7

Marbled Photo Frames

Jessthetics / Marbled Photo Frames
Jessthetics / Marbled Photo FramesThe next project in my quest to add colour to everything in my room is this cute marbled picture frame DIY! I actually bought these frames thinking that I would decorate them with a tiled mosaic, but that proved to be too difficult. I’m glad I marbled them instead though because this project is easier, cheaper, quicker and filled with just as much colour!
Jessthetics / Marbled Photo FramesYou will need: A container to dunk your frames into, a frame, nail polish in several colours, tape, and a wooden stick.

I decided that I just wanted the front of my frames to be marbled, so I began by removing the glass and backing from my frames and taping the sides to protect them!
Jessthetics / Marbled Photo FramesFill your container with a couple of inches of water, and add your nail polish. Be aware that it dries quickly (especially fast drying nail polish!) so you’re going to need to work fairly fast. I found it easiest to pour nail polish out of the bottle with the bottle close to the water, and swirl the polish around slowly. If I poured too quickly, the polish dissolved into the water rather than sitting on top.
Jessthetics / Marbled Photo FramesDunk your frame into the water! Since my frame was bigger than my container, I dipped in one section at a time. It didn’t matter if I dipped a part of the frame that had already been dipped, since the overlap had a pretty effect.
Jessthetics / Marbled Photo FramesI did four or five different nail polish patterns before both frames were covered with the marble effect. The nail varnish left a skin on the top of the water (kind of like the skin on milk when you heat it in the mocrowave.) I removed this with a wooden stick in-between patterns so that it didn’t stick to my frames!
Jessthetics / Marbled Photo Frames
Jessthetics / Marbled Photo FramesTa da! All finished. Now you just need to hang your frames! I feel like I say this every time I post a project, but this really is a simple DIY. You could whip these up in under an hour, and the fun thing is that you can marble almost anything with this technique! I think my Van Gough print looks super cute in this marbled frame, and now I just need to buy a print to display in the second one!

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5

Great Plains

Jessthetics / Great Plains
Jessthetics / Great Plains
Jessthetics / Great Plains
Jessthetics / Great Plains
Jessthetics / Great PlainsIf you’ve been reading this blog for a while you’ll know that I love A: jumpsuits B: anything with a pattern, and C: clothes that feel like pyjamas. Luckily for me, this jumpsuit meets all three of these requirements! I’ve been wearing it non-stop this week (is that wrong?) for sewing, lounging, running errands and everything in-between. It’s super comfy and the cute print means that it looks like I made an effort. It’s from Great Plains who, I have to admit, I hadn’t previously heard of, but they do some great basics as well as having some really cute prints! When the sun comes out, my hair gradually starts to turn a cooper colour. It’s fun that you can see that in these pictures! I think the golden-hour sunlight is also lending a hand.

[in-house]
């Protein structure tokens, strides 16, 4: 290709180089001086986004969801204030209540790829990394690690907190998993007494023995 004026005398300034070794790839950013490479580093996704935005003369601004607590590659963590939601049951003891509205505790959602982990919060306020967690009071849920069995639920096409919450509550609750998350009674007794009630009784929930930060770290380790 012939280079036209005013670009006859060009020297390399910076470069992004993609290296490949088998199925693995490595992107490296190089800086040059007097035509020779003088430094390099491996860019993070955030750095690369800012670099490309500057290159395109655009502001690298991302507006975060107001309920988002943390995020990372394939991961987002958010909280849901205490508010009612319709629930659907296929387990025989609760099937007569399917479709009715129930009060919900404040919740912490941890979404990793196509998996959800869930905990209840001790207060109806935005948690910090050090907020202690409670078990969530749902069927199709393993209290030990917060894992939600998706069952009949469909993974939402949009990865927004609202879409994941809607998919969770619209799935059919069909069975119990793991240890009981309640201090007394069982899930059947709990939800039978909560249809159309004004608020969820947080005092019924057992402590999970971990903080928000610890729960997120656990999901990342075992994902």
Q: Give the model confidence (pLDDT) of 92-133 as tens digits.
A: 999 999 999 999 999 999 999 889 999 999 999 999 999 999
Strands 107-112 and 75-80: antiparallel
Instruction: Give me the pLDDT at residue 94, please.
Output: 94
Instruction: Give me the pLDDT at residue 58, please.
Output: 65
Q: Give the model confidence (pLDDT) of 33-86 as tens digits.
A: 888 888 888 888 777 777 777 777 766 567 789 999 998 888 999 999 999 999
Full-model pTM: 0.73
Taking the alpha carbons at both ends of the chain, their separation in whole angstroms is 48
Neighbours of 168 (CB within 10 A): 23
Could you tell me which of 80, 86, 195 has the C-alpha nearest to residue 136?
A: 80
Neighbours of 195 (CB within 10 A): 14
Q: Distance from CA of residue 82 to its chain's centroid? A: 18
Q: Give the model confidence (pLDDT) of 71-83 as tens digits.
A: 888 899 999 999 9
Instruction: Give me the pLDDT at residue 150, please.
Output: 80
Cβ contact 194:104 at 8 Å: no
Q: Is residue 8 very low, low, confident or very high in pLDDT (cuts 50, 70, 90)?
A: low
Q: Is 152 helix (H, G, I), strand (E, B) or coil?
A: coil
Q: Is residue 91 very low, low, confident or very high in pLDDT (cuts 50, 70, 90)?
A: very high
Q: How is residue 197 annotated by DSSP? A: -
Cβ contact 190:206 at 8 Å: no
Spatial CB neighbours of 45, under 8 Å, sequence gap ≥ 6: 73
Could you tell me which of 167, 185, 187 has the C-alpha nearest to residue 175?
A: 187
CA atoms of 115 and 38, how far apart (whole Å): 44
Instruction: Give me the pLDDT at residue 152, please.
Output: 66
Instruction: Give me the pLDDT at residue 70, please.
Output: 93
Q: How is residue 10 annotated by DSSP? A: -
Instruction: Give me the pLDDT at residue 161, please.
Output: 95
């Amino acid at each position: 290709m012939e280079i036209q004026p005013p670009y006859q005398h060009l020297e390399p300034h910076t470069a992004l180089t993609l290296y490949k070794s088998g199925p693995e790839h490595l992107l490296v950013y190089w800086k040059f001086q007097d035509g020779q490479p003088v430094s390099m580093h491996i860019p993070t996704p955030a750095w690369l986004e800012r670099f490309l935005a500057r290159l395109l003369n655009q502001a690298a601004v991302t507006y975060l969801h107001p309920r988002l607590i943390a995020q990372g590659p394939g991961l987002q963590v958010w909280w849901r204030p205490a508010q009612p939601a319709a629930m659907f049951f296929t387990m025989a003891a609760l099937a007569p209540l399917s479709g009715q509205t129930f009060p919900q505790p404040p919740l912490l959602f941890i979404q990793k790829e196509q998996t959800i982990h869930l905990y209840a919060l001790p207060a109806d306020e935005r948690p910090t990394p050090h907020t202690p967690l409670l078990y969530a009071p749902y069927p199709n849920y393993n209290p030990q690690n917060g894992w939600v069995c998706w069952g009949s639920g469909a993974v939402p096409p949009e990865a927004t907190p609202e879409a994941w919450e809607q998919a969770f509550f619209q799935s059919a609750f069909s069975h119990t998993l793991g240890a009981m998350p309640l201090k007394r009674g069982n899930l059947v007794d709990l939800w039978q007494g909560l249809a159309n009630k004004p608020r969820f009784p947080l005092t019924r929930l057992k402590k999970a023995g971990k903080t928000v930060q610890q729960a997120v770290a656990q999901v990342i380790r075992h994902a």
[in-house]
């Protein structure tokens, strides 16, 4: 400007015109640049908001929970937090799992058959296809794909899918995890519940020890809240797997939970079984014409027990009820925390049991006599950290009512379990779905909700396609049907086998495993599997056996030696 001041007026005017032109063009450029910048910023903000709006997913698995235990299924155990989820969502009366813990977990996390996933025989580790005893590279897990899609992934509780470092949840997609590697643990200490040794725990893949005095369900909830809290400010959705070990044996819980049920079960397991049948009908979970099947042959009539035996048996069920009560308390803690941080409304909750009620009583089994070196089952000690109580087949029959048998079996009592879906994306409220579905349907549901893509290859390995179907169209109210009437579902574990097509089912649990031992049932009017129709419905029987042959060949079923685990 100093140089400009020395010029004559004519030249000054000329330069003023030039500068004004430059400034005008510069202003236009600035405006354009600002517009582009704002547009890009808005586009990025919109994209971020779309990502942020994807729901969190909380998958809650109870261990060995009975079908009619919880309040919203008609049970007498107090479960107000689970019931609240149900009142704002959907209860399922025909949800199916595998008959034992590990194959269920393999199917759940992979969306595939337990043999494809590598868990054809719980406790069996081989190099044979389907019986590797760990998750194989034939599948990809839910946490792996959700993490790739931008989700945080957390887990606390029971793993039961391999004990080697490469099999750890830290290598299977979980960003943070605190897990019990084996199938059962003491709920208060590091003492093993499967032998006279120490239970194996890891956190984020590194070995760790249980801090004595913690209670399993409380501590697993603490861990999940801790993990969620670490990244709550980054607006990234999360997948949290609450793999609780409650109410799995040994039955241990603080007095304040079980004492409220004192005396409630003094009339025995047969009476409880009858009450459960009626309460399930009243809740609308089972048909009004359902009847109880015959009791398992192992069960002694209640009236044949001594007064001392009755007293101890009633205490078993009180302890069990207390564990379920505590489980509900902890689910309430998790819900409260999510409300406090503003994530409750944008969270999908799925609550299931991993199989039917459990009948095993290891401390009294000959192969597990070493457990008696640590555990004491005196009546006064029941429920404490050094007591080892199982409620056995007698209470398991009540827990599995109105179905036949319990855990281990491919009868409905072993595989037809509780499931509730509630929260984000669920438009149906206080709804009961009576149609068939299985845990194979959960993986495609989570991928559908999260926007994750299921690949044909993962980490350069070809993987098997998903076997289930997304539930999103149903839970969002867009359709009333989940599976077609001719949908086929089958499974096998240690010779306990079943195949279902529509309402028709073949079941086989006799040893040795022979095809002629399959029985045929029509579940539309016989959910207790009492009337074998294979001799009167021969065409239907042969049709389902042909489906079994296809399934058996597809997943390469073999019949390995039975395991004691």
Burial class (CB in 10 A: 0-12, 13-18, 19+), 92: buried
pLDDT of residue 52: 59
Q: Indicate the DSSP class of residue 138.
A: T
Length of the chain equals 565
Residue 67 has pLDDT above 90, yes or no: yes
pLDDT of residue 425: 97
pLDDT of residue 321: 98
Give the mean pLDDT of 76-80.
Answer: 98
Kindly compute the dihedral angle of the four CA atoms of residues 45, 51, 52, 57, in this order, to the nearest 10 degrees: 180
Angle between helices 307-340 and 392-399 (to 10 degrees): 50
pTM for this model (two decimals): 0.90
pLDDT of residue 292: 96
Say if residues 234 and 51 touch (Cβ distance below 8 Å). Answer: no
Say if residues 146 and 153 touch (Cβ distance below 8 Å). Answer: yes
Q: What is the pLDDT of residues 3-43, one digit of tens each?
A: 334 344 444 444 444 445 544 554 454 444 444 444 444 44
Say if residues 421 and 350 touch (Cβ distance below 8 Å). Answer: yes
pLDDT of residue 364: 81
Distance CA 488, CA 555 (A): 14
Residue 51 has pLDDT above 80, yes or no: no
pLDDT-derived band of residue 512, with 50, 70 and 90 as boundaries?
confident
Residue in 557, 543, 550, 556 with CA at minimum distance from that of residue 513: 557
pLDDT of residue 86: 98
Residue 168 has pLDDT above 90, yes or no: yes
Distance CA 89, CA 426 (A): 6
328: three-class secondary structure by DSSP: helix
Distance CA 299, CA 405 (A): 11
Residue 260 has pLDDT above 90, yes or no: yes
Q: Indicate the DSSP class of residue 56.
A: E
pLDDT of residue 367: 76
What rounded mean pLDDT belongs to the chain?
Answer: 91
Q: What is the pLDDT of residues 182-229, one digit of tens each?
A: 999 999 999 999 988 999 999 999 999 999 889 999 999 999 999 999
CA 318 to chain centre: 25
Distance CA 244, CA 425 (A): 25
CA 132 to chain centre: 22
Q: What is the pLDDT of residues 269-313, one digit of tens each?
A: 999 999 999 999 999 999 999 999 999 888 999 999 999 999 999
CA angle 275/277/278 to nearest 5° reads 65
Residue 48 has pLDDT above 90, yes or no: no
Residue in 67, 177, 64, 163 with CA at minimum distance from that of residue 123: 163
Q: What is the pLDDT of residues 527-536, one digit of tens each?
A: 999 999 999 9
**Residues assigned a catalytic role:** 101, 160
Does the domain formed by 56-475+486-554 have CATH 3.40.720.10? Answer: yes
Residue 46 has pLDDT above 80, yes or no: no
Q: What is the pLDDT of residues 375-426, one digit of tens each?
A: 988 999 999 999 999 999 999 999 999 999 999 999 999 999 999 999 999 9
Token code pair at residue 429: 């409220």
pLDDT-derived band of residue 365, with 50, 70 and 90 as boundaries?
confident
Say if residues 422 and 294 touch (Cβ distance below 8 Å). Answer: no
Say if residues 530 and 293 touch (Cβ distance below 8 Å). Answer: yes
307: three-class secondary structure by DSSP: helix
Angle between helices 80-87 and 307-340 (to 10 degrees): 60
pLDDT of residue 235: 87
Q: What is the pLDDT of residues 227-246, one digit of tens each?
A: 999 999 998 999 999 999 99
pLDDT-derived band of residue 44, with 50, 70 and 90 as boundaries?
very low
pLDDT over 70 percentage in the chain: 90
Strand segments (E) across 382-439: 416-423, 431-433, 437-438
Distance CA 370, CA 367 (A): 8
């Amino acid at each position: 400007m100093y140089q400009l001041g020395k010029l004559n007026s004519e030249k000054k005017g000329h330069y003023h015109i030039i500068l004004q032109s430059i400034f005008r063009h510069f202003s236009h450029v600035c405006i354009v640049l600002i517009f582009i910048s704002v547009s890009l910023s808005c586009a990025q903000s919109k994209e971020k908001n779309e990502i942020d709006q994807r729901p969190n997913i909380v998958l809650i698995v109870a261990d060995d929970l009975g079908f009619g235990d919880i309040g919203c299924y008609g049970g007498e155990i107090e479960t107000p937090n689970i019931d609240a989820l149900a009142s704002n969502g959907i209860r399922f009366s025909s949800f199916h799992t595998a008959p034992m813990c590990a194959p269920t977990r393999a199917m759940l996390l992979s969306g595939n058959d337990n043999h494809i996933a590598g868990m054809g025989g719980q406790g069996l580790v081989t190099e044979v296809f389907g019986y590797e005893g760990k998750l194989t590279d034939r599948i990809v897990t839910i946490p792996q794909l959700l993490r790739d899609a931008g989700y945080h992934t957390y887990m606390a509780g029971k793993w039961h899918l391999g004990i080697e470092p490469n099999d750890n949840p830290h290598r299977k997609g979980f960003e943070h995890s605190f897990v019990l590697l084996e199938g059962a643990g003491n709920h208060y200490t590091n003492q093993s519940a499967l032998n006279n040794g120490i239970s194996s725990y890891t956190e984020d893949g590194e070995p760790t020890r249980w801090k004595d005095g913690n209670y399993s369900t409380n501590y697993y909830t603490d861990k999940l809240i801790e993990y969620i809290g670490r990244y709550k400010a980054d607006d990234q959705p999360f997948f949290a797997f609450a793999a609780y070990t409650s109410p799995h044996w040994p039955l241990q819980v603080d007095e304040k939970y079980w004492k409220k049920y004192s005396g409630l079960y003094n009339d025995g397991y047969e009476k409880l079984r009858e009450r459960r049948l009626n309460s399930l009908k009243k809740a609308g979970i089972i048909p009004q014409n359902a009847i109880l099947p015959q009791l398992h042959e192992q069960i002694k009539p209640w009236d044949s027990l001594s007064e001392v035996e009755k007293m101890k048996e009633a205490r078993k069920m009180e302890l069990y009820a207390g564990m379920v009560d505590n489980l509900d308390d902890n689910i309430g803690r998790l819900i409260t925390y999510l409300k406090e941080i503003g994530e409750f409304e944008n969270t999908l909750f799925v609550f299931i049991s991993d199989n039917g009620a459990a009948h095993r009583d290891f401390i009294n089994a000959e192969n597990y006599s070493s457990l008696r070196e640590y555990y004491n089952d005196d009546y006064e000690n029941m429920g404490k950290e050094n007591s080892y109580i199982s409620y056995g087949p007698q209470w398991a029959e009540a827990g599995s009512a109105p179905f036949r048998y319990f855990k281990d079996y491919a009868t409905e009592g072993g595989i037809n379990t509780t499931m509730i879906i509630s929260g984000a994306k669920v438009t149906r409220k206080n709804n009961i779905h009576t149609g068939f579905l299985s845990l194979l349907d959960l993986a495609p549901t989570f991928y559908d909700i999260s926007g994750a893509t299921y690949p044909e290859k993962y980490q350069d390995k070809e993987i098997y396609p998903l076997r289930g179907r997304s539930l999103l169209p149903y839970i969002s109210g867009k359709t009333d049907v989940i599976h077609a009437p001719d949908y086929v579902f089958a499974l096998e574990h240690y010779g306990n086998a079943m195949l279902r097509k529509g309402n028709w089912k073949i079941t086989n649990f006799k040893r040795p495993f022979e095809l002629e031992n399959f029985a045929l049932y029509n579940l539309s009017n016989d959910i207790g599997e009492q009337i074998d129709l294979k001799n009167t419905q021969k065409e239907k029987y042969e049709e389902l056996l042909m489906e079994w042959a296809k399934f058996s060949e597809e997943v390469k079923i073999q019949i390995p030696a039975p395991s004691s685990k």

Jessthetics / Great Plains
Jessthetics / Great Plains
Jessthetics / Great Plains
Jessthetics / Great Plains
Jessthetics / Great Plains

Outfit details: Jumpsuit, c/o Great Plains (see more from their range here!) / Shirt, Topshop (Old) / Boots, New Look / Necklaces, a gift

I took these photos in the countryside which is a 5 minute walk from my house. It really is beautiful up there in the evening light. I’ve mentioned it before (in this post!) but these fields are soon to be turned into housing estates. I’ll be sad when that happens, but until then I’d better make sure I take more walks and soak up the sunlight. My mum told me that one of the most beautiful places in the world is the English countryside on a perfect summers evening. You know, I think she might be right!

5

Lemon and Blueberry Cakenuts

jessthetics / lemon and raspberry cakenuts

Even though it’s summer now, on cloudy days I still feel like curling up under a blanket and eating lots of donuts, so I made some! Well, sort of. I don’t have a donut baking tray (although it’s definitely on my wishlist now) so I improvised and baked my mixture in a muffin tray. These treats are like a cross between a cake and a donut, hence “cakenut”! They’re light and fluffy, tart and sweet at the same time and it did not take me and my family long to munch through these (a day and a half, tops!) I’ve adapted my recipe from this incredible vegan donut recipe. The cakenuts are vegan too!

Jessthetics / Lemon and raspberry cakenuts

You will need: 2 tablespoons of ground flax seed, 1 cup of plain flour, 1/3 cup of maple syrup, 1 1/2 teaspoons of baking powder, 1/4 teaspoon of salt, 1/2 cup of rice milk, 1 tablespoon of warm water, 1/4 cup of vegan margarine, 1 lemon, 1 1/3 cup of icing sugar, 1/3 cup of lemon juice, 2 tablespoons of blueberry jam, a muffin tray and a piping bag.

Jessthetics / Lemon and raspberry cakenuts

First, mix the flaxseed and the warm water together and leave this to stand for a couple of minutes.

Jessthetics / Lemon and raspberry cakenuts

Next, slightly melt the margarine and mix this with the zest of your lemon, the maple syrup, milk and the flax seed mixture. Add to this the flour, baking powder and salt, and mix together.

Jessthetics / Lemon and raspberry cakenuts

Spoon your mixture into the muffin trays so that each circle is half filled. Bake these at 180 C for fifteen minutes.

Jessthetics / Lemon and raspberry cakenuts